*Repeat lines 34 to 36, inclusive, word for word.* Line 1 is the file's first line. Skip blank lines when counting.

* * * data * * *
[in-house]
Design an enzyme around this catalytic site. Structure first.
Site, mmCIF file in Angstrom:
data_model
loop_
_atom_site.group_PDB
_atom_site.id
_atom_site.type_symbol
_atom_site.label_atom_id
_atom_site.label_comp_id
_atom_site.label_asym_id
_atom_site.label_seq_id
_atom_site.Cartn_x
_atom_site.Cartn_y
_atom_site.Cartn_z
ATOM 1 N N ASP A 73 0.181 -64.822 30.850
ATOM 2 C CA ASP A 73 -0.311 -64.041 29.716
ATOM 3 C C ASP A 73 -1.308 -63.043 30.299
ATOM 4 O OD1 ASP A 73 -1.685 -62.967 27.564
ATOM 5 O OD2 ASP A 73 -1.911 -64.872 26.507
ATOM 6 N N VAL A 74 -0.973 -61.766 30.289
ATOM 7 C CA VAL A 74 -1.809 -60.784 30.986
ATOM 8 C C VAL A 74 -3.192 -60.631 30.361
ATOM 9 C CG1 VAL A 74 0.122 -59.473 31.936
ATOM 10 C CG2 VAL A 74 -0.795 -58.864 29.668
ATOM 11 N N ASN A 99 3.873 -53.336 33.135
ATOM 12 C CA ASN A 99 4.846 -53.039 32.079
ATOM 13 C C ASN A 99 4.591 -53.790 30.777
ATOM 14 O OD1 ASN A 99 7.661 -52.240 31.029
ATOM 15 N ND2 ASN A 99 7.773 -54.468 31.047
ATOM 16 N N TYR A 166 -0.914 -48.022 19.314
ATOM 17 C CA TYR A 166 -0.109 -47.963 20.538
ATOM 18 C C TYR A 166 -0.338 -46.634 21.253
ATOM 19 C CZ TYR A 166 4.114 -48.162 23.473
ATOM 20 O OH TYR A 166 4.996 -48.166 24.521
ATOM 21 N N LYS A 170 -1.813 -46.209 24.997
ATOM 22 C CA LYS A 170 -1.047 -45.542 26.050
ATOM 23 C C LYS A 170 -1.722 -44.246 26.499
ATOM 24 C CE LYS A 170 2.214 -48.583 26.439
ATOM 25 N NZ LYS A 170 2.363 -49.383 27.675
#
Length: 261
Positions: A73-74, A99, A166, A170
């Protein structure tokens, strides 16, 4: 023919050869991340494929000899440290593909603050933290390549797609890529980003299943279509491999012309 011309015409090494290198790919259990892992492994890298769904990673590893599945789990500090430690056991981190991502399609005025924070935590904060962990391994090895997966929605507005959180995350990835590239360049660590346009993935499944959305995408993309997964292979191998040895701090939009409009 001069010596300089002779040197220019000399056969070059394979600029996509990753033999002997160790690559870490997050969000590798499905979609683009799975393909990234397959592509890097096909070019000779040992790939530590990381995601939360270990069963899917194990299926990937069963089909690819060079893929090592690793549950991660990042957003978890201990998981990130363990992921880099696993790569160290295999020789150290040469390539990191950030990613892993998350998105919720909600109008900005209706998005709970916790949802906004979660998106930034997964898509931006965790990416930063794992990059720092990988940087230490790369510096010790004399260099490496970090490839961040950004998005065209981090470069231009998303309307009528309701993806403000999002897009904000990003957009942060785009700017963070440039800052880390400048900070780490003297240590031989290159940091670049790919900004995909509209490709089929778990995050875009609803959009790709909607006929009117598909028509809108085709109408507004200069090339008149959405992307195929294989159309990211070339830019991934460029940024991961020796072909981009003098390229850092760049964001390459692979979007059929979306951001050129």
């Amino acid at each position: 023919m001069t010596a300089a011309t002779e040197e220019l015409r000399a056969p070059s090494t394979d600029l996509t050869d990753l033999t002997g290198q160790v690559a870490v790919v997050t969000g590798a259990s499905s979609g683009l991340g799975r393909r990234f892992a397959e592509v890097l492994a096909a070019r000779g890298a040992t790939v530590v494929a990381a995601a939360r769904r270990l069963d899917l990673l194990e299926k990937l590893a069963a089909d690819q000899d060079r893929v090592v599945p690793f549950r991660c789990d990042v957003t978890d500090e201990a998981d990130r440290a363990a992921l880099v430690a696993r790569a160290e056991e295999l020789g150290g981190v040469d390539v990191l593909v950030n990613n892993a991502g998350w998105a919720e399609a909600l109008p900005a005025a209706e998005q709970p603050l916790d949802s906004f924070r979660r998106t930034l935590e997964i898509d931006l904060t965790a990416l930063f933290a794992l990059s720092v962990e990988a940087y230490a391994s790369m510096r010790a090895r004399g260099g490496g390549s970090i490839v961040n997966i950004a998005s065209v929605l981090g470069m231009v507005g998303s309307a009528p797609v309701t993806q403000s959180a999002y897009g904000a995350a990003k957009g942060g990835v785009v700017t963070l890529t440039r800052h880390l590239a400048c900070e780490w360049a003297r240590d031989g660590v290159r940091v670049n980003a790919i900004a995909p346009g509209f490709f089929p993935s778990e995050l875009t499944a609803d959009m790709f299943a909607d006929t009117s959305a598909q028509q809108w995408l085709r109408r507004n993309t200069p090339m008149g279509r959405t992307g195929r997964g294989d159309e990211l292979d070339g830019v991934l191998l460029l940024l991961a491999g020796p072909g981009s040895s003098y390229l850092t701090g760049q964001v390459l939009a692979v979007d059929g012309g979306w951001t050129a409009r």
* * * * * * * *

ATOM 19 C CZ TYR A 166 4.114 -48.162 23.473
ATOM 20 O OH TYR A 166 4.996 -48.166 24.521
ATOM 21 N N LYS A 170 -1.813 -46.209 24.997